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ROUGH CUTS | Duterte’ illegal drug campaign: history is waiting

 

 

 

WELL, this issue about corruption in government which administration critics are throwing against the administration in these dying days of the Duterte regime.

     We cannot help but recall an anecdote about two best friends who were classmates from high school to college and took the same course. They were inseparables and they confided with each other their ambition after college. One said he would enter government service by running as mayor of his place. The other, not to be outdone, also expressed his desire to become mayor or governor.

     After five years one of the two communicated with the other and invited him to visit him as he was already mayor of his place. The other did not hesitate to accept the invitation and when he arrived at the residence of his friend, he was amazed at the luxurious house complete with large swimming pool and with luxury cars inside its garage. After taking their lunch the two friends settled in a costly couch and recalled their good old days. The visiting friend took the opportunity to ask his host how in so short a time, he managed to acquire all those expensive properties.  The answer of the host was short, simple and direct. He told his visitor, “See that huge bridge over there? 20 percent my friend.” The visitor could only shake his head in disbelief.

     Two years after it was the time for the other friend to invite his former classmate and host. He told him he ran for governor of his province and won, and he is now extending his own invitation to his friend. When the latter arrived at the residence of the new governor the former host was in awe seeing the house of his friend, a mansion two times bigger than his own. The swimming pool was Olympic size with comfort rooms having hot and cold water flowing. His friend’s cars were all SUVs of the latest model and imported brands. The house was built on a one hectare overviewing location. 

     It was now the visitor friend’s time to ask basically the same question he was asked by his friend now a governor. “Wow friend! How did all these things happen? Your only less than 3 years in office and you’ve got all of these?”

     The answer was also quick and direct. Without batting an eyelash of hesitancy, the host told his visitor: “See that bridge over there; that esplanade on the right?” The visiting mayor opened his eyes wide but could not see any bridge or esplanade. “Where are the bridge and esplanade friend? I have not seen any, not even a single post.” The governor’s answer plastered the visiting mayor. “One hundred percent my friend.”

       Well, as we said earlier, this is only an anecdote. But an honest-to-goodness recollection of the country’s not so-long-ago history would tell us it did happen. One was a World Bank loan-funded highway. Others were nationally-funded but located in an area then considered a “no man’s land.” When the later shenanigans were discovered by auditors, they were given only two options. One was to receive envelopes and go home. The other was they’d likely forever remain in the province.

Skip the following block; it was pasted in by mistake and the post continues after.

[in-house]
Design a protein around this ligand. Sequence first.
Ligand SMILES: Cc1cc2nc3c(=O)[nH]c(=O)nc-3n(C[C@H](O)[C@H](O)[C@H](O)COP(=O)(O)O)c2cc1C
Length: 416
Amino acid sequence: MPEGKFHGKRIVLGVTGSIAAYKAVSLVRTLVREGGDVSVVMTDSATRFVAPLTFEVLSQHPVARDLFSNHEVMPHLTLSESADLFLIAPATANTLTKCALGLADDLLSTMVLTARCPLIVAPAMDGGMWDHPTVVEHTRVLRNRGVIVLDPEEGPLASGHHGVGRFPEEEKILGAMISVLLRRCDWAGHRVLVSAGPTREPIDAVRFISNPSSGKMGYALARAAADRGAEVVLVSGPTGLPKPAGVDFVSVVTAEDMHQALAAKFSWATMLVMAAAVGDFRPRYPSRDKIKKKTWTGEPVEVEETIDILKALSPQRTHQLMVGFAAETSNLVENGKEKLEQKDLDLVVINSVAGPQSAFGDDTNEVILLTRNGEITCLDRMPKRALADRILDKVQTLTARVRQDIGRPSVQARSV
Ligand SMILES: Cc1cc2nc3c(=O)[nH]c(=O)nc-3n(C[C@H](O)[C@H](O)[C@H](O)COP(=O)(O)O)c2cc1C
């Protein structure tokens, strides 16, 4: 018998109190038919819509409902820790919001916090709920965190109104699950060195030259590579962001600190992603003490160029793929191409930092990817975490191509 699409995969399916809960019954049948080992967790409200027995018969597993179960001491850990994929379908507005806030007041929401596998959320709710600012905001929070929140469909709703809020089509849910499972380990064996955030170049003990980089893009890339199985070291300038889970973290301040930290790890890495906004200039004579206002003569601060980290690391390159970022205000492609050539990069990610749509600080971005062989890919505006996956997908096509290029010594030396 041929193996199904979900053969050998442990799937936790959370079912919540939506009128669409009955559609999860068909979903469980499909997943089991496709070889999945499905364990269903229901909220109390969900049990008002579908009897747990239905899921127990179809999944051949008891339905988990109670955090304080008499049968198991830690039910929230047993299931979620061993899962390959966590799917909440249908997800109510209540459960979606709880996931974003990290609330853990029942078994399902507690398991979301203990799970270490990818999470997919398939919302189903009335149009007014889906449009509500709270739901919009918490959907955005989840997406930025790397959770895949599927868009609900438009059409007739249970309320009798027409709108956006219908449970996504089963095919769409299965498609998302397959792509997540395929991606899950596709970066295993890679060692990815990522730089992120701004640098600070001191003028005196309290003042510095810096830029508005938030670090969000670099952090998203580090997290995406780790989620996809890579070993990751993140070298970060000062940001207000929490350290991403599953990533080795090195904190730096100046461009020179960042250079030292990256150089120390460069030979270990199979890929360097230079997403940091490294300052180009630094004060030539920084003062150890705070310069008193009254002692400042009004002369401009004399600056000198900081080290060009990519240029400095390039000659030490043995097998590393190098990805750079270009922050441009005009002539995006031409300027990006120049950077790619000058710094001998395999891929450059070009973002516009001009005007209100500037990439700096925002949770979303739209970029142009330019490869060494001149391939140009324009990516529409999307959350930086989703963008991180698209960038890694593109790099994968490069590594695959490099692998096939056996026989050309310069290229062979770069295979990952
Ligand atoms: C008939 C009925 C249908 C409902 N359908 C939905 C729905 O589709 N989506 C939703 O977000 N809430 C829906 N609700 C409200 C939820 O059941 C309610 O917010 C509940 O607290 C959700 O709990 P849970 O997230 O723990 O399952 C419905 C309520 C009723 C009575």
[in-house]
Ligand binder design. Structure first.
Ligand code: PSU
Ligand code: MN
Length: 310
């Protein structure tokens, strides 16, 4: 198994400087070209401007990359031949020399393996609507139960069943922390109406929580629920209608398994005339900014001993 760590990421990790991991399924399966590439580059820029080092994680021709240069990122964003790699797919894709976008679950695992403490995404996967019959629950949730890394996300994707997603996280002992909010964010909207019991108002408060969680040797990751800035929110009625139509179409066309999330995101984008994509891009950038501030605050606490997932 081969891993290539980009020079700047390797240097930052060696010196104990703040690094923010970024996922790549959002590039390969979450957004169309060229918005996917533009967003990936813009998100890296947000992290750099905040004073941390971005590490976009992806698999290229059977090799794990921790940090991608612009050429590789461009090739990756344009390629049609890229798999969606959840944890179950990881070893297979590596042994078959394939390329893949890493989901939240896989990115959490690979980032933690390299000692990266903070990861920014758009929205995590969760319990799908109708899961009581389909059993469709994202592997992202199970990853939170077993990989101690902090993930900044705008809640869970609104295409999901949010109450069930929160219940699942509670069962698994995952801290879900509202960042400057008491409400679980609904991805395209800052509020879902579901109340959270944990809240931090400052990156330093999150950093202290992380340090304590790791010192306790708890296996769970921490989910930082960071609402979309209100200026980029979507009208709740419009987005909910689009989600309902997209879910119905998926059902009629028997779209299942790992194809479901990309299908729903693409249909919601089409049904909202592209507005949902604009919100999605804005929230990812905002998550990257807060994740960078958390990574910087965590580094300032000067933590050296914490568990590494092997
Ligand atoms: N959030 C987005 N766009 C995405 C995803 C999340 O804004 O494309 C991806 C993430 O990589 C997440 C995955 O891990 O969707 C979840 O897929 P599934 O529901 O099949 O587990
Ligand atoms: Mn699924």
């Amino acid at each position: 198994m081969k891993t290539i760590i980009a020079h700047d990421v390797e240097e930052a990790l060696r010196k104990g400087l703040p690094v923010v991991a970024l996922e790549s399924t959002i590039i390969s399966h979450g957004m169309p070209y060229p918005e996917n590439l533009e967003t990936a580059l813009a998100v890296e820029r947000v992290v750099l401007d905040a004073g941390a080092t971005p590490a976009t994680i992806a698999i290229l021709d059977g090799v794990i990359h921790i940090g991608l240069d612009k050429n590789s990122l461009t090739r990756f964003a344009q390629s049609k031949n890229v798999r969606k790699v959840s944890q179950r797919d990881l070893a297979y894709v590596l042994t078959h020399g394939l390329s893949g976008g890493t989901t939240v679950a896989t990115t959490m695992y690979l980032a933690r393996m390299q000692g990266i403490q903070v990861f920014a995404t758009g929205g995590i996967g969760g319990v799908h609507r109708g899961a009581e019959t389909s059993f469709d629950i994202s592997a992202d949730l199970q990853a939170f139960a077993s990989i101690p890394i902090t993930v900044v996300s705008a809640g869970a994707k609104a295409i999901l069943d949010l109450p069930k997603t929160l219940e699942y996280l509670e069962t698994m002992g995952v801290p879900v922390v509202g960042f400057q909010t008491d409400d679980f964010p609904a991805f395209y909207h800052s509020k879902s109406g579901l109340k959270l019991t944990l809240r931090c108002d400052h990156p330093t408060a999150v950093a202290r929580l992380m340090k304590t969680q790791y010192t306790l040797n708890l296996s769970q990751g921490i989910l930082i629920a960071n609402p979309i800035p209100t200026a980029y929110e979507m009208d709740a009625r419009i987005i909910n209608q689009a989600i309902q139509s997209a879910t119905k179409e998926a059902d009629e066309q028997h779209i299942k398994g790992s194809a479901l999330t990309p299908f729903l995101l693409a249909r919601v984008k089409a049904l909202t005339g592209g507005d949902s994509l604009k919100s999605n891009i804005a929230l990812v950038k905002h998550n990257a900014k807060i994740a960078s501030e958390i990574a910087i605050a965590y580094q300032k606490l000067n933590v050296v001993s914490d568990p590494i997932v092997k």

We were not told what option was taken. But the guy who told us was a close friend of one of the auditors. How did he know? Well we can only assume the auditors concerned came back alive to tell their story. Conclusion?

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     Last week we got it from reports on national television and newspapers that there were two successive buy-bust operations conducted by combined law enforcement agents. In both operations the authorities were able to confiscate billions worth of illegal drugs. One by-bust was conducted in Cavite and the other earlier operation was conducted in Bataan.

     As reported the confiscated illegal drugs were attributed to a still unbusted drug syndicates that may have been operating clandestinely in the country. What then do all of these mean? 

     Simple; the approach used by the government is not effective even after almost six years that a so-called iron-clad strategy is in place by the administration. Change the approach? Well, it may already be too late. Time is closing in on the administration. Of course if the administration has one or two last aces up on its sleeves and will let these out for a possible shot at redemption, an ignominious failure could still be avoided being written in the country’s history in its fight against illegal drugs.

                                                                                  -30- 

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